• Publication
    Niger: Leveraging Export Diversification to Foster Growth
    (World Bank, Washington, DC, 2017-12-09) World Bank
    Niger’s Vision 2035 acknowledges the country has little choice but to create ‘a competitive anddiversified economy.’ Economic diversification is a cornerstone component of the Economic Orientation Document (EOD) 2016-19 and the PDES 2017-21. The EOD defines Niger’s economic diversification as moving exports away from natural resources and increasing the value-added component of exports as the foundation for its agro-based industrialization and employment creation policies. Hence, an exports diversification strategy is akin to the country’s economic diversification and, not surprisingly, the PDES contains several axes of policy interventions supporting it. However, Niger faces serious structural challenges to diversify into new productive activities. The country is landlocked, exporting costs are high and, given multiple infrastructure and logistics gaps, access to markets is difficult beyond neighboring regional markets. Rapid population growth and low human capital turns into a low skilled population. Volatile economic growth, reliant on a few commodity exports that closely follow the vagaries of weather and boom and busts of international prices, makes hardly obtained poverty gains vulnerable.
  • Publication
    Investment Policy and Promotion Diagnostics and Tools: Maximizing the Potential Benefits of Foreign Direct Investment for Competitiveness and Development
    (World Bank, Washington, DC, 2017-07-13) World Bank Group
    This paper presents a bird’s eye overview of the investment policy and promotion (IPP) logical framework developed by the trade and competitiveness global practice of the WBG to address the challenge of how countries can use foreign direct investment (FDI) to advance their economic development. The report sets out three key propositions: i.e. (i) that investment policy should aim not to choose between but connect domestic and foreign investors, (ii) that investment policy making should be based on the whole investment cycle going beyond promotion and (iii) that not all FDI is the same nor has the same development impacts. This sets out the logical framework for a concrete investment policy and promotion intervention in a time of globalization that will yield measurable results.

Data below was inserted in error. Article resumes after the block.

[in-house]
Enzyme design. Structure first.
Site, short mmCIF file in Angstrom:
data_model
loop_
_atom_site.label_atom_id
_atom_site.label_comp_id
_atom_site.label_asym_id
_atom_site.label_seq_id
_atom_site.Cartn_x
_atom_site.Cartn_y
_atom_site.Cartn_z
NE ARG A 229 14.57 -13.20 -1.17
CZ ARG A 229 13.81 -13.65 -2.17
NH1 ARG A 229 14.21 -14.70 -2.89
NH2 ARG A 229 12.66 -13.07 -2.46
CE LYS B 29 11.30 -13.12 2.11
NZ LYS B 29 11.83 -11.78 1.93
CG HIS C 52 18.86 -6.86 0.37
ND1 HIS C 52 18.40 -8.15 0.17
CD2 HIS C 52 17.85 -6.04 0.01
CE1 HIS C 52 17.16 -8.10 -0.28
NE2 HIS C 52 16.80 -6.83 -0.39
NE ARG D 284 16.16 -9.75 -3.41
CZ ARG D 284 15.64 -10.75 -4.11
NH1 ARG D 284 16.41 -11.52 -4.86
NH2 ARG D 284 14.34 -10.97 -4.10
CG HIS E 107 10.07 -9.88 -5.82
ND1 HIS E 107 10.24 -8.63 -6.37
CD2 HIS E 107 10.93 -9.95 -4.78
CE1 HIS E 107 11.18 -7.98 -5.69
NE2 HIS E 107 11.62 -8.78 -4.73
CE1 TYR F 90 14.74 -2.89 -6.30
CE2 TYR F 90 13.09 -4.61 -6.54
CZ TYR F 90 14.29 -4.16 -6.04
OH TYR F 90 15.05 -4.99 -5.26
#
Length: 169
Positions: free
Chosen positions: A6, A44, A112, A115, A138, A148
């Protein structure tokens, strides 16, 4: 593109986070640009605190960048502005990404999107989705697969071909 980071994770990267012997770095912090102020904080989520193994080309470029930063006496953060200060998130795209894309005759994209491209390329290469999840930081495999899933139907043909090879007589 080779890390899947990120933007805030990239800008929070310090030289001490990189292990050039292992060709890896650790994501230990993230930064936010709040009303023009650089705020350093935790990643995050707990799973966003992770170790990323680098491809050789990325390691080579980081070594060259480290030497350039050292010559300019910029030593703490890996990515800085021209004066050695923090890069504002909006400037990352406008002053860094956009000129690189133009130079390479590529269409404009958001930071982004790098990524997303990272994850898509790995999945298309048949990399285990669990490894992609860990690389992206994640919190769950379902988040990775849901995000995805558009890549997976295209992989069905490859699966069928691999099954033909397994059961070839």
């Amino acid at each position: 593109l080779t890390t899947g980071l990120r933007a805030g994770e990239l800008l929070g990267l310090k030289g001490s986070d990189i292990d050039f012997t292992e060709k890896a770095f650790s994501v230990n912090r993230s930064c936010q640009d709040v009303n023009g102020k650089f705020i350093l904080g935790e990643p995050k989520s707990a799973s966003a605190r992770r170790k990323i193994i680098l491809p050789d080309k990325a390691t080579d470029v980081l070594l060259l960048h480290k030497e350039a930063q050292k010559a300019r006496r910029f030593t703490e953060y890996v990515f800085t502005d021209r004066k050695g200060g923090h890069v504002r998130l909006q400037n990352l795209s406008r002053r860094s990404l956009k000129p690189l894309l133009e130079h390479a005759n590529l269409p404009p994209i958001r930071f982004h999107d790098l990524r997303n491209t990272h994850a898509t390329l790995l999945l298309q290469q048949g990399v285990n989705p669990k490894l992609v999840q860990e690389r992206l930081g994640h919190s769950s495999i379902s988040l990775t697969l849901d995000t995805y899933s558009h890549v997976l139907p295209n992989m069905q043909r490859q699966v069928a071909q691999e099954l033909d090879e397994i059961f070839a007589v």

• Publication
    Impact of the Libya Crisis on the Tunisian Economy
    (World Bank, Washington, DC, 2017-02-01) World Bank
    This study assesses the main spillover effects of the Libyan crisis on the Tunisian economy and estimates the crisis’ overall social welfare and fiscal impacts on Tunisia. The authors consider four main effects on Tunisia: (i) the increased presence of Libyans in Tunisia (both short- and long-term), and the return of Tunisian workers from Libya; (ii) the level and dynamics of illicit informal trade and informal cash flows between the two countries; (iii) the deterioration of civil security in the region and its effects on private investment and tourism; and (iv) the increase in the Tunisian government’s security spending. The chapter is organized as follows. Section one describes the objectives of the investigation and methodology. Section two estimates the number of Libyans living in Tunisia (temporary and permanent) and their demographic characteristics. Section three analyzes the living conditions of Libyan households in Tunisia and provides an estimate of their poverty level. Section four analyzes the shocks to Libyan households, and those households’ adaptations and resilience in response to shocks. Section five discusses the migratory decisions of Libyan households, in particular their preference to either return to Libya or remain permanently in Tunisia.
  • Publication
    Mobilizing the Middle East and North Africa Diaspora for Economic Integration and Entrepreneurship
    (World Bank, Washington, DC, 2016-12) Malouche, Mariem Mezghenni; Salsac, Fanny
    This paper advocates for the need to rally the MENA professional and skilled diaspora. It discusses the findings of a unique outreach exercise to the MENA diaspora and provides policy recommendations. First, the paper highlights the linkages between the diaspora and trade, investment, and knowledge transfer based on the literature and concrete examples. Second, it describes the outreach and the profile of the diaspora members surveyed. Third, it presents the main findings of the survey of the MENA diaspora in four areas: (i) overall engagement, (ii) appetite for investment, (iii) trade, and (iv) the role of institutions. The paper concludes with policy recommendations.